A survivor’s story – Debra Becker
As published by the American Heart Association
Debra Becker is a heart disease survivor. Her guest blog will share her story and her advice for others in four installments. This is Part 1.
This past October, I had unexpected open heart surgery to repair my mitral valve after several major cordae (chords) broke. Seemingly healthy with no known personal history of heart disease, I exercised regularly and maintained a healthy diet.
What Happened? I had trouble breathing in recovery after a minor exploratory D&C; several major cordae (chords) in my mitral valve had broken. Chordae are string-like structures that resemble a tiny parachute and act as leaflet anchors, supporting the valve during opening and closing. The mitral valve is one of four valves in your heart, a gate which controls blood flow between the heart’s left atrium and left ventricle. Its job is to pump 85% of your blood to the body; when it fails, blood regurgitates into your lungs, depriving the rest of your body of the oxygen it carries. Physical stress can, over time, cause chordae to snap or break, leading to severe regurgitation. My surgeon later told me if I hadn’t already been in the hospital, I probably would have been dead on the spot. It really can happen to anyone, anytime!
I spent three weeks in ICU, where my extraordinary medical team included four highly respected cardiologists.
Luckily, I had no underlying conditions – my healthy lifestyle allowed me to go into surgery physically strong and my recovery much easier! I began a Cardiac Rehab program two months after surgery. Three times a week for three months, cardiologists, physical therapists and nurses supervised and observed my exercise, exertion and vitals on a heart monitor, plus weekly educational lectures are included in the program. Quite a change from the Crossfit classes I used to participate in!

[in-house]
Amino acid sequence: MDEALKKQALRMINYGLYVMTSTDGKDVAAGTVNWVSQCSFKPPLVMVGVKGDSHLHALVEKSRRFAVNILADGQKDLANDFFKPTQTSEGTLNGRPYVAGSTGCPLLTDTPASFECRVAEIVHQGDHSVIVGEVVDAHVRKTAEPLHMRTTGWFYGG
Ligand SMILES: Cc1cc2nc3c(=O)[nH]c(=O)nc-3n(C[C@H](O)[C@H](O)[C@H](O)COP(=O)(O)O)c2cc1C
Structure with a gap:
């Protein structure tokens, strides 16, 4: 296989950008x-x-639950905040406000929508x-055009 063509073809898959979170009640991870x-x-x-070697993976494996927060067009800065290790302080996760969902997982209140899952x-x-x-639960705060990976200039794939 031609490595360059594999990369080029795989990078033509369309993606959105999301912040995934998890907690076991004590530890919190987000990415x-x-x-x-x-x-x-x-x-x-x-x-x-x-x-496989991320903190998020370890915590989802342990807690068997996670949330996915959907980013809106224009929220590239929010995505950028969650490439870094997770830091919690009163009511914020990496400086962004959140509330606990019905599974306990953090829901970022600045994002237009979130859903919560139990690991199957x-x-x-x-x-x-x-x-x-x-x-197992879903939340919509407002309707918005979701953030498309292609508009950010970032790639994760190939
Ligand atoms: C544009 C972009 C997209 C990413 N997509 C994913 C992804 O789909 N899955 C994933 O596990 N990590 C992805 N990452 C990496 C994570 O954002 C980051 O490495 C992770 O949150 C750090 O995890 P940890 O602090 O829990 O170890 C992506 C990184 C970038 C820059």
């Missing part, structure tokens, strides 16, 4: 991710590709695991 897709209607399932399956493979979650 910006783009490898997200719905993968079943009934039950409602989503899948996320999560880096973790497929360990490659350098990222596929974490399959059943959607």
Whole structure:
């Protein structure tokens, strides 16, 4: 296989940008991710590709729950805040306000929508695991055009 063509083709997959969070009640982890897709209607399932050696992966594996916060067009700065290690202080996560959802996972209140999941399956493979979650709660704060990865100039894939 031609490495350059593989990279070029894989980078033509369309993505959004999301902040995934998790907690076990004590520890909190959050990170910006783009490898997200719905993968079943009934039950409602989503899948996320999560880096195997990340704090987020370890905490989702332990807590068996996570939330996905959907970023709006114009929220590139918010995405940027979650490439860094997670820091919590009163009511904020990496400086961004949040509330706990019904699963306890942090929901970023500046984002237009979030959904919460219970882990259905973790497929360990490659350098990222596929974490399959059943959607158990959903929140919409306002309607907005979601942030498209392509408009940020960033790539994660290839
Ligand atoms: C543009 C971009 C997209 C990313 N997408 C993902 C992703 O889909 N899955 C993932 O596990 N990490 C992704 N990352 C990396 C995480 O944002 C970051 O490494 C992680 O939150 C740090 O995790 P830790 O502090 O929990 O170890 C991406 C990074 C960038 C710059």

I knew lifting heavy weights is effective for bone density and muscle building . . . I’ve learned this also puts immense strain on your heart. Personal boundaries vary widely and are based on a multitude of factors which your internist or cardiologist is best equipped to address.
Family history is an important indicator of your risk of developing cardiac disease; gather your family’s medical history and share it with your doctors, enabling them to become intimately aware of your genetics and probable risk factors. As a result of my heart condition, my parents, siblings and 18-year old son scheduled echocardiograms. Early detection is key, even if symptoms would not surface for decades. This knowledge allows access to specialists whose guidance will help avert later medical emergencies.
I didn’t realize that the symptoms of heart disease can be very different for women and men, and are often misunderstood. Ninety percent of women have one or more risk factors for developing heart disease. Symptoms are not always severe and may even be subtle. I experienced unusual fatigue for a couple of years yet neither I nor my doctors associated it with a potential heart condition. To learn more about symptoms of heart disease and to assess your risk, click on this American Heart Association’s Go Red For Women web link:
Thanks for reading my first American Heart Association blog!